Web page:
As tradition, I’ll start with what The Lonely Planet says about Salzburg. “The joke; If it’s baroque, don’t fix it’ is a perfect maxim for Salzburg: the tranquil Old Town burrowed below steep hills look much as it did when Mozart lived here 250 years ago. A Unesco World Heritage site, Salzburg’s overwhelmingly baroque Old Town (Altstadt) is entrancing both at ground level and from Hohensalzburg fortress high above. Across the fast-flowing Salzach River rests Schloss Mirabell, surrounded by gorgeous manicured gardens. If this doesn’t whet your appetite, then bypass the grandeur and head straight for kitsch-country by joining a tour of ‘The Sound of Music’ film locations.”
In so many ways, Salzburg was a beautiful, interesting city, but in other ways it was a disappointment. Though the centuries-old buildings continued to hold their history, I felt like the Old Town was anything but authentic. Instead each window held name brand clothing and handbags or touristy trinkets. Nothing felt like real residents of Salzburg lived and worked there. It was definitely the most concentrated area of tourists that we visited.
In some ways, being surrounded by so many tourists is OK because I felt safe enough to venture out on my own one day to wander through shops while Lila slept. (I bought three wooden Christmas ornaments.) I knew I wouldn’t stick out as a foreigner, because everyone was a foreigner! Ha.
We arrived in Salzburg after a frustrating 1.5 stop at a McDonalds outside of the city where we tried to connect to the Internet to find information about parking lots, and to connect with our rental home host to let her know when we thought we’d arrive at the apartment. We eventually found a Park and Ride that allowed us to drop our car off a few miles outside of the city and then bus in. It was inconvenient, but really our only option since parking isn’t allowed in the Old Town where we were staying.
As we walked from the bus stop to the apartment rental, it poured cats and dogs on us. We were literally soaking, even with our rain coats, and Lila didn’t have one. Eventually we let her out of the stroller to run in the rain and play in puddles. We waited outside the apartment for 15 minutes before the host showed up. Not bad, considering I had to guess when to tell her to meet us. That was one of my least favorite parts about choosing home rentals over hotels — I would’ve rather showed up and had a lock box with our key than arrange a time to meet and be let in by the host.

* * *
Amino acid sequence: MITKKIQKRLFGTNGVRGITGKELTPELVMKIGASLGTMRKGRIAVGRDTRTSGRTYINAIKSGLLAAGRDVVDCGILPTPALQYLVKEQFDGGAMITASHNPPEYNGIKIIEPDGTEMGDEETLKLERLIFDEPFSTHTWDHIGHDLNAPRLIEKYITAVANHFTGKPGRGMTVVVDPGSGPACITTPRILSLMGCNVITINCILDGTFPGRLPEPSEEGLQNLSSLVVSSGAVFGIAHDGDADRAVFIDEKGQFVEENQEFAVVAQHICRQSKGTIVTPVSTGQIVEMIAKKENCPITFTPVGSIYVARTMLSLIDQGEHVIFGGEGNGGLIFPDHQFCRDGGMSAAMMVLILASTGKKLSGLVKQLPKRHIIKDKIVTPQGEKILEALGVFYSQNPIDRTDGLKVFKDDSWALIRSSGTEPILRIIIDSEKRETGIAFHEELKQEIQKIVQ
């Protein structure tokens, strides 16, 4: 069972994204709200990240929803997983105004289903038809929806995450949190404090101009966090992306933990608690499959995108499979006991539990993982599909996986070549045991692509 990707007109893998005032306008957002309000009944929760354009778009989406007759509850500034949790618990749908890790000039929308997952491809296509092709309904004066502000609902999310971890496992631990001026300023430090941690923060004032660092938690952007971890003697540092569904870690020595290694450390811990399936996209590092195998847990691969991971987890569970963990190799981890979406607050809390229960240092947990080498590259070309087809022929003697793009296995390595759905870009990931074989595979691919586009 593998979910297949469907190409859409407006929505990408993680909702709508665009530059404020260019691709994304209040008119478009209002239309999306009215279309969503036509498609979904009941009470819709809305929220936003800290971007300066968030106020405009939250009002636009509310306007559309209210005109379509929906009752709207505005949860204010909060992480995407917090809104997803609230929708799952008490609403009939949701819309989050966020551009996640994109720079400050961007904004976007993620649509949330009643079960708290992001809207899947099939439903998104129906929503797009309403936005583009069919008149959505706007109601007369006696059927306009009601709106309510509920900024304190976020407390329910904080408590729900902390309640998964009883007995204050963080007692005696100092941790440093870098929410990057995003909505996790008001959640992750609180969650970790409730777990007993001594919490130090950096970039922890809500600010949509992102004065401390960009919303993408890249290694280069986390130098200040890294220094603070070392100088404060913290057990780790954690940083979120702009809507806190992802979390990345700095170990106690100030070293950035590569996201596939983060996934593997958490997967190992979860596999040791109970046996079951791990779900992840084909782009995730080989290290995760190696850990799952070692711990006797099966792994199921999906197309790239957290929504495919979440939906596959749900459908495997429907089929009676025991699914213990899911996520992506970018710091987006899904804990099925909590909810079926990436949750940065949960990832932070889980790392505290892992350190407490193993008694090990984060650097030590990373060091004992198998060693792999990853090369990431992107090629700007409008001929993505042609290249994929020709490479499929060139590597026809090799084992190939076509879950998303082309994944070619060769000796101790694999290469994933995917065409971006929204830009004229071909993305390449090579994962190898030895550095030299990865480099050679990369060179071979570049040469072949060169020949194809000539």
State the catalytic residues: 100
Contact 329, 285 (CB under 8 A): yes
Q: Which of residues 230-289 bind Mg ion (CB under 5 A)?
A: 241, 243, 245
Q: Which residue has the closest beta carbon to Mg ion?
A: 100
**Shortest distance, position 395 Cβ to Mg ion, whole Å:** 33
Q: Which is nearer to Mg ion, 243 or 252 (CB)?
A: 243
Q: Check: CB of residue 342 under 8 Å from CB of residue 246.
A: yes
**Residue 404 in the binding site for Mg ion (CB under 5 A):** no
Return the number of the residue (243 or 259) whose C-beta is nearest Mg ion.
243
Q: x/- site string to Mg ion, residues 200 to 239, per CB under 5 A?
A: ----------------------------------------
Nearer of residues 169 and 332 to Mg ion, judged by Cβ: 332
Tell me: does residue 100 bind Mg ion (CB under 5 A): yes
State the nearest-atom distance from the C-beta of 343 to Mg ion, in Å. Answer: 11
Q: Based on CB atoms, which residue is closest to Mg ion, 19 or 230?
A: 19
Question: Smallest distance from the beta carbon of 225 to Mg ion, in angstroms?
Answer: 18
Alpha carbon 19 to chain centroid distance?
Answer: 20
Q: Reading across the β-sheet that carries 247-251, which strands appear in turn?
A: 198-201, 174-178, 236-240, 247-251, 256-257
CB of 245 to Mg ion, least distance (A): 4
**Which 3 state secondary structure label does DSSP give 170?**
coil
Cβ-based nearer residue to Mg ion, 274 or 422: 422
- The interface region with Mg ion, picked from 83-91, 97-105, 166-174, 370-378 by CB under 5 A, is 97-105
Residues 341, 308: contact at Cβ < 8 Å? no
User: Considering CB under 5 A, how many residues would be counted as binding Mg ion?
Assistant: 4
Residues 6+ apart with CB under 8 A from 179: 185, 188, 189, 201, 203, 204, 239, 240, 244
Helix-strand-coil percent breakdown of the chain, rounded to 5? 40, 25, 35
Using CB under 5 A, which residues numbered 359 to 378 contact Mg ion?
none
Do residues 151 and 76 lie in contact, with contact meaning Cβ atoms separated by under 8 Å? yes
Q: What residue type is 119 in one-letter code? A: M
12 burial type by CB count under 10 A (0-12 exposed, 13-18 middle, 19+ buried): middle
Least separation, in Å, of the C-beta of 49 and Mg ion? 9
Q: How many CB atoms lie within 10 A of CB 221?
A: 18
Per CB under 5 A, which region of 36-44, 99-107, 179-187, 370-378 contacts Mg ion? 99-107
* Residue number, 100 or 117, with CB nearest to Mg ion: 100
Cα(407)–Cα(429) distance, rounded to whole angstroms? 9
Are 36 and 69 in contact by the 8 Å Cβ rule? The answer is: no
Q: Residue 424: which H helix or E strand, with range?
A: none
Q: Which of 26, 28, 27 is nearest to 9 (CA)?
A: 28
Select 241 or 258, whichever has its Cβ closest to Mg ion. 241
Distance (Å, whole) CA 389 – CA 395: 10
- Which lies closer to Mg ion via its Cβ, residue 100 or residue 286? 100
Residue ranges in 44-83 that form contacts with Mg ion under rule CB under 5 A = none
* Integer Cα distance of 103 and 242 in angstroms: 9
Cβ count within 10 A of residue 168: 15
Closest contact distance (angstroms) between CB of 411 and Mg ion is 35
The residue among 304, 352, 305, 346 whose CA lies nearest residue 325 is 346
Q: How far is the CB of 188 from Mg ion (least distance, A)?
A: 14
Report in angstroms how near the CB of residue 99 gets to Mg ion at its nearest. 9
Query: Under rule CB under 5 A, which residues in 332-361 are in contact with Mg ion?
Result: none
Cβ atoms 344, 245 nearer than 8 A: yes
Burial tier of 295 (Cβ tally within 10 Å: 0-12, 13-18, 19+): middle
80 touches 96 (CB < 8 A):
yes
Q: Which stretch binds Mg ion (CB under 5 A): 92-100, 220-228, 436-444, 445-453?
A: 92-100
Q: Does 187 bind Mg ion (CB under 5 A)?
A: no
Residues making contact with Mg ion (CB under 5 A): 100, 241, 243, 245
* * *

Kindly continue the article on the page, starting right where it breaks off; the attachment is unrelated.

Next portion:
Upon meeting, I realized how frazzled and disheveled we must look compared to our elite-looking host. In her mid 50s, she walked up with her hair perfectly coifed and in heels, and there we stood with our massive luggage and wet and wild child. Ha!
I read the apartment’s listing (below) and yet when we walked in the front door, it wasn’t at all what I was expecting.
“This stylish 45 square meter apartment in the heart of Salzburg’s old town is. In one in 14 Century built heritage building located in the quiet and romantic Goldgasse immediately adjacent to the world famous Getreidegasse.
The apartment is on the fourth and top floor of one of the oldest and erhaltungswürdigsten houses of the old town of Salzburg. It is lovingly restored to modern standards and provides comprehensive comfort.
The house was built in 1374 and is a listed building. Therefore there is no lift.”
The apartment itself was renovated, modern and beautiful, but the building … was scary. I literally felt scared when we walked into the dark main entrance, and I told Lance later that I seriously considered saying “Never mind, we’ll get a hotel!” Despite being built in the 1300s, I somehow was still surprised by the huge cement stairs, the iron gates (that could lock us in or out at any time), the creepy paintings of huge-headed children on the walls, the tiny doorways that led to nothing, the antlers mounted on the wall, the harrowing statues of Christ bleeding on the cross hung up on nearly every wall.
Eventually I got used to the building and it didn’t scare me as much, but I still didn’t like to go up and down the staircases myself. Mainly because going up and down four flights of stairs can really deter you from “running out real quick” to get something, but also because … scary!
Despite the rain, I insisted that we go out and make use of our day. We tromped through the Old Town and made our way over to Schloss Mirabell, a palace where “The Sound of Music” filmed the von Trapps singing “Do-Re-Mi.” I didn’t recognize a thing and the rain was making us all cold and miserable, so eventually we gave in and went home early. These emails we wrote may better capture some of that:
Lance’s email to his parents: